A surfeit of -isms? Eco-modernism, new environmentalism, pragmatic environmentalism
This week saw the launch of ‘Eco-modernism’ the brainchild of Mark Lynas and a host of other green thinkers. It pretty much fills the same space as BusinessGreen editor James Murray’s New Environmentalism concept and my own, completely ignored, idea of Pragmatic Environmentalism – viz we need to reclaim the environmental movement from leftwing politics and place it square in the centre so people of left, right and middle can relate to it and not fear it is creeping communism in disguise (the old ‘watermelon’ trope).
Under eco-modernism/new/pragmatic environmentalism, the anti-science of parts of the green movement (GM, fracking, nuclear are all EVIL*) are challenged as hard as the anti-science of right-wing neoliberalism (climate change denial). We do what works, what science indicates, what technology and society permits, not what dogma dictates.
The seeds of my pragmatic environmentalism were sown when I was part of a political team bringing in a new recycling system here in Newcastle. We proposed moving from a source separated system to a semi-mixed collection of recyclates to make it as easy as possible for as many people as possible to participate. The local green movement went apeshit, to put it mildly, accusing us of betraying our principles and screaming that the whole thing was doomed to failure. We decided to ignore them, and rightly so, as the already good recycling rate jumped by 50% overnight.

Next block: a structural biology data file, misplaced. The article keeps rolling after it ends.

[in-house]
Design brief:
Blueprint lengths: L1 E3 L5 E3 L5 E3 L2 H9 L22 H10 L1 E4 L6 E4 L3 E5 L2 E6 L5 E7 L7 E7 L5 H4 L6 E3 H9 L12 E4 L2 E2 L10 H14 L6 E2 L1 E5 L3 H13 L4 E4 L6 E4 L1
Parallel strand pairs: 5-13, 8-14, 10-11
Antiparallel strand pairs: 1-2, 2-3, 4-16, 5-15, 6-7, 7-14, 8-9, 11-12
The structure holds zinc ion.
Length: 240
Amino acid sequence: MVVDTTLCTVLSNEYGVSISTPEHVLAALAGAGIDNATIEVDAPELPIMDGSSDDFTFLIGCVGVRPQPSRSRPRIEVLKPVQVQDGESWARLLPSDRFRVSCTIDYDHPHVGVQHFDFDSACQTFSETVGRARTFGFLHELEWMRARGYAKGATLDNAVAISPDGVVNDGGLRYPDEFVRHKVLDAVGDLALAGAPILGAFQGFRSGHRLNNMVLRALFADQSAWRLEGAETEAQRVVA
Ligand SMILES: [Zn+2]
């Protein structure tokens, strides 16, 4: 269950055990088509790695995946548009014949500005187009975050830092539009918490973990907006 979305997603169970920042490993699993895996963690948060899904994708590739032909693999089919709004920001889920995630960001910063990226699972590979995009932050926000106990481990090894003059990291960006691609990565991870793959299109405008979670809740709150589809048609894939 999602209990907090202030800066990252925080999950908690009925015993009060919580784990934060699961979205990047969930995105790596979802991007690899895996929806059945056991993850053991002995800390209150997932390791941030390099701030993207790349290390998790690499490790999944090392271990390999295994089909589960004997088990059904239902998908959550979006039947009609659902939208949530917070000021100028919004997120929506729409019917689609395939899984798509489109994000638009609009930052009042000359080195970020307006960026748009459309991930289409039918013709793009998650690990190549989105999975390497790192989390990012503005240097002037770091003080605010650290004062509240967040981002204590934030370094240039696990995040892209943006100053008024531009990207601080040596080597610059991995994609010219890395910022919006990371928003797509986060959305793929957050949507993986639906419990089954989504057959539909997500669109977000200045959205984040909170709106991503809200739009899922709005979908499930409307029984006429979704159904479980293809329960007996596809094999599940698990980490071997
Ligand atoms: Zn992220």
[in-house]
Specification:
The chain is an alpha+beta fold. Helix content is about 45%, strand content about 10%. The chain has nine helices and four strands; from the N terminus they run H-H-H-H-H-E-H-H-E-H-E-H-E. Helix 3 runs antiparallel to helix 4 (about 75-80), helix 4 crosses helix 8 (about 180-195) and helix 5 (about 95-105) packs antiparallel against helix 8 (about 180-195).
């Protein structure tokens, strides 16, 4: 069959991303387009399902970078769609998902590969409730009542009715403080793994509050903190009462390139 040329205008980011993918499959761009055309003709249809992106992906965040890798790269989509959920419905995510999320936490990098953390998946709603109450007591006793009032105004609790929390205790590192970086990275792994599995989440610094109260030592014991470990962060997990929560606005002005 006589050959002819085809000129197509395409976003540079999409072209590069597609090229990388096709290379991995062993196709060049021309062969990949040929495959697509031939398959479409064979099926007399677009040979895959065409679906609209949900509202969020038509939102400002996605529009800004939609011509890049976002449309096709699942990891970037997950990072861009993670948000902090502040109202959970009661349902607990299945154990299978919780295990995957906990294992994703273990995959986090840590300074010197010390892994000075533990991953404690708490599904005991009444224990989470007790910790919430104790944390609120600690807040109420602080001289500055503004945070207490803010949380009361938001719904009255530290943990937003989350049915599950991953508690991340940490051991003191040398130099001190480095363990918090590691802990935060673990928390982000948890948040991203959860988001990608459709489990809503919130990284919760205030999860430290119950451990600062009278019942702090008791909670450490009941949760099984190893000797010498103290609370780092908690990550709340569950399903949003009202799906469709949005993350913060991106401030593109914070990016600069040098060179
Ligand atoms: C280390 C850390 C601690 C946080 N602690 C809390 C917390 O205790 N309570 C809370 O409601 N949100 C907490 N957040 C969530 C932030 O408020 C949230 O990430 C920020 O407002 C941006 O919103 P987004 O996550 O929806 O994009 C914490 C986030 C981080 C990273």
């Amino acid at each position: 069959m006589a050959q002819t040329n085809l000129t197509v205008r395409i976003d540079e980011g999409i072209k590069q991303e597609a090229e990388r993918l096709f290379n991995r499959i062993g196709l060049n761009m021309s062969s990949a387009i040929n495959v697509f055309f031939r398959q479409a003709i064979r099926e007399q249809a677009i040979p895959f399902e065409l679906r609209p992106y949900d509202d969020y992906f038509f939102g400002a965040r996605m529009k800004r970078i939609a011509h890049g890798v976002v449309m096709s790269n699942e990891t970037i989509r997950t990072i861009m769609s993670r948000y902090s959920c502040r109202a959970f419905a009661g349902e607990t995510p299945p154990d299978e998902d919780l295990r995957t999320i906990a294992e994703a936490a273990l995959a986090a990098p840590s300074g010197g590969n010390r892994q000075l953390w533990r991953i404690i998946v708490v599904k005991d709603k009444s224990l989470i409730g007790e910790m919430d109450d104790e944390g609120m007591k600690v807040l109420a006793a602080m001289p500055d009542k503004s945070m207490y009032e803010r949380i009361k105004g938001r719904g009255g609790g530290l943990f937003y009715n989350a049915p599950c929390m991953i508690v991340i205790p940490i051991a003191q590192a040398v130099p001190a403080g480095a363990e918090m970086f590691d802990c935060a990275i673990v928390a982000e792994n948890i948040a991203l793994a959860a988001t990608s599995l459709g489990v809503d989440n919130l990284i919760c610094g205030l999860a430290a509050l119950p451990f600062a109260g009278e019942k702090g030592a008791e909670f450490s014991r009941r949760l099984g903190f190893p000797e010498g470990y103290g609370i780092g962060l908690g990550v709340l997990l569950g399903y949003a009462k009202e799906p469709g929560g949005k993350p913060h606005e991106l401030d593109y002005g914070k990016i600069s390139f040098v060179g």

You could argue that most of the big wins in sustainability have come from pragmatic environmentalism. Last quarter the UK produced a record 25.3% of power from renewables, up from 16.9% last year and beating down coal for the first time. Add in nuclear and low carbon sources produced just short of 50%. That’s been achieved by harnessing rather than smashing capitalism, using market levers to create a virtuous cycle of volume and economies of scale (sorry, Naomi, but that’s how it is). Despite the UK Government sending out all the wrong signals, this rise is likely to continue for a few years at least.
My only worry about eco-modernism was the strange bedfellows at its launch. Ex-environmental minister Owen Patterson and shamed banker Matt Ridley used the event to explain that everything was alright really. That’s not the point. The threats are real and they are coming thick and fast. We have no time for either neoliberal complacency or anticapitalist utopianism – we’ve just got to knuckle down and get the job done.
* Note: I have reservations about all 3 technologies, but I try to base those on science rather than gut instinct. This annoys the antis more than it annoys the pros.